The Senate of the United States shall be composed of two Senators from each State, elected by the people thereof, for six years; and each Senator shall have one vote. The electors in each State shall have the qualifications requisite for electors of the most numerous branch of the State legislatures.

    When vacancies happen in the representation of any State in the Senate, the executive authority of such State shall issue writs of election to fill such vacancies: Provided, That the legislature of any State may empower the executive thereof to make temporary appointments until the people fill the vacancies by election as the legislature may direct.

    This amendment shall not be so construed as to affect the election or term of any Senator chosen before it becomes valid as part of the Constitution.

    Amendment XVIII (Ratified January 16, 1919)

    Section 1. After one year from the ratification of this article the manufacture, sale, or transportation of intoxicating liquors within, the importation thereof into, or the exportation thereof from the United States and all territory subject to the jurisdiction thereof for beverage purposes is hereby prohibited.

    Section 2. The Congress and the several States shall have concurrent power to enforce this article by appropriate legislation.

    Section 3. This article shall be inoperative unless it shall have been ratified as an amendment to the Constitution by the legislatures of the several States, as provided in the Constitution, within seven years from the date of the submission hereof to the States by the Congress.

    Amendment XIX (Ratified August 18, 1920)

    The right of citizens of the United States to vote shall not be denied or abridged by the United States or by any State on account of sex.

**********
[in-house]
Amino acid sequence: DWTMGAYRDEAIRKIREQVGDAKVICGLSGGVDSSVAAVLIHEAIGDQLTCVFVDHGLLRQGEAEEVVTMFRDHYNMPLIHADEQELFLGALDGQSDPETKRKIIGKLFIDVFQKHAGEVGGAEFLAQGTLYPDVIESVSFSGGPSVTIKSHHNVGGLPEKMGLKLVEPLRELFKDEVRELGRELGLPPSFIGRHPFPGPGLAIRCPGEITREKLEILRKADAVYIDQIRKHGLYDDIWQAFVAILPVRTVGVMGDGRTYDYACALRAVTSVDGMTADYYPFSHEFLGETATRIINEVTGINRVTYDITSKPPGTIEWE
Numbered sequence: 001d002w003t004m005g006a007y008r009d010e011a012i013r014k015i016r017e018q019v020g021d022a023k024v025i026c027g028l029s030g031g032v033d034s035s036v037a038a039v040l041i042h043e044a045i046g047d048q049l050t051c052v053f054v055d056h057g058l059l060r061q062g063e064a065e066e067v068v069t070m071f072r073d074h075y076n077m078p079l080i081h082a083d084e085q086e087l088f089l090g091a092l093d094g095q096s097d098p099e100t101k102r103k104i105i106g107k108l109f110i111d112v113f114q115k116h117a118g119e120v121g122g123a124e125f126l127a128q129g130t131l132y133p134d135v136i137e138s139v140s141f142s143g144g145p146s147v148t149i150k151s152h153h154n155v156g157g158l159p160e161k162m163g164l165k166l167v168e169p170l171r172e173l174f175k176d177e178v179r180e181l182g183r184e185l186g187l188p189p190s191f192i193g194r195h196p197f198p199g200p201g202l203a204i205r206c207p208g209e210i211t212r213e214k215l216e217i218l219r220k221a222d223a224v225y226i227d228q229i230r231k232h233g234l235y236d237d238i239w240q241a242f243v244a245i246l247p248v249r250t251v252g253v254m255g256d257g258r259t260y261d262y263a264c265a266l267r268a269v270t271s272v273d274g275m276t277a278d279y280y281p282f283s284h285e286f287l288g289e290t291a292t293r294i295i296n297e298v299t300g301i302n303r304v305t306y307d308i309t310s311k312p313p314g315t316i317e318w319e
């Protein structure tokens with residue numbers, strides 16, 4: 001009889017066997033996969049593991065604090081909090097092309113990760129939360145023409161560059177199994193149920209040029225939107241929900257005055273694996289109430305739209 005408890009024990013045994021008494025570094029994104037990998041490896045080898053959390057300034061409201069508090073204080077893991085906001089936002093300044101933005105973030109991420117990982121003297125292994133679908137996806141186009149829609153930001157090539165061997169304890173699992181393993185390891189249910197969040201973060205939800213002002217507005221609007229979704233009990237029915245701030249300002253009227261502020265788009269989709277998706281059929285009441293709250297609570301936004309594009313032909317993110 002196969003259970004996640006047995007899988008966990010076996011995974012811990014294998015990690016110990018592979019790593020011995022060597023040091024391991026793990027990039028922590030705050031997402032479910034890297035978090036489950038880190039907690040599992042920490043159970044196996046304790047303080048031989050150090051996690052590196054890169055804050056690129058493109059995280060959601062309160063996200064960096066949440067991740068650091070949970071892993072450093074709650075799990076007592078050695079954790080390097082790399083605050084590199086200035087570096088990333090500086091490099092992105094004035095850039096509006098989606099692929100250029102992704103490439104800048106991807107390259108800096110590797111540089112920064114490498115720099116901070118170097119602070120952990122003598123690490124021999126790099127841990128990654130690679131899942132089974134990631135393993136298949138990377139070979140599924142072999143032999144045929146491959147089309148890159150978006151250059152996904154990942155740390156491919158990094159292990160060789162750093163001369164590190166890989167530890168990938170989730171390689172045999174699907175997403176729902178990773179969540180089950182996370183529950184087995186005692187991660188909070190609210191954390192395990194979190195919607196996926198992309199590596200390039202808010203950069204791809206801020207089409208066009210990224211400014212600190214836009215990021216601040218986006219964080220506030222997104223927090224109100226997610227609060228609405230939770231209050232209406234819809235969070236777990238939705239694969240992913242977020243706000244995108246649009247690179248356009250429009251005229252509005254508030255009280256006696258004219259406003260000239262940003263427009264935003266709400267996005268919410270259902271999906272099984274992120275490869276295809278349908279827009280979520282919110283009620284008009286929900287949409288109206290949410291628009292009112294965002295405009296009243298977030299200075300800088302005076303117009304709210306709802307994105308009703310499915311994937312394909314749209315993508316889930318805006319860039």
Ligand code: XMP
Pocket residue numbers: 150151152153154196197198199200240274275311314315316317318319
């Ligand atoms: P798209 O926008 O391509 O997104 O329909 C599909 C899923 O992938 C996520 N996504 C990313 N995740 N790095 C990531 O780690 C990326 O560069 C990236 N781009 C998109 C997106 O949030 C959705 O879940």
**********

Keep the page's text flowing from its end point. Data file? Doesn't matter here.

Congress shall have power to enforce this article by appropriate legislation.

    Amendment XX (Ratified January 23, 1933)

    Section 1. The terms of the President and Vice President shall end at noon on the 20th day of January, and the terms of Senators and Representatives at noon on the 3d day of January, of the years in which such terms would have ended if this article had not been ratified; and the terms of their successors shall then begin.

    Section 2. The Congress shall assemble at least once in every year, and such meeting shall begin at noon on the 3d day of January, unless they shall by law appoint a different day.

    Section 3. If, at the time fixed for the beginning of the term of the President, the President elect shall have died, the Vice President elect shall become President. If a President shall not have been chosen before the time fixed for the beginning of his term, or if the President elect shall have failed to qualify, then the Vice President elect shall act as President until a President shall have qualified; and the Congress may by law provide for the case wherein neither a President elect nor a Vice President elect shall have qualified, declaring who shall then act as President, or the manner in which one who is to act shall be selected, and such person shall act accordingly until a President or Vice President shall have qualified.

    Section 4. The Congress may by law provide for the case of the death of any of the persons from whom the House of Representatives may choose a President whenever the right of choice shall have devolved upon them, and for the case of the death of any of the persons from whom the Senate may choose a Vice President whenever the right of choice shall have devolved upon them.

    Section 5. Sections 1 and 2 shall take effect on the 15th day of October following the ratification of this Article.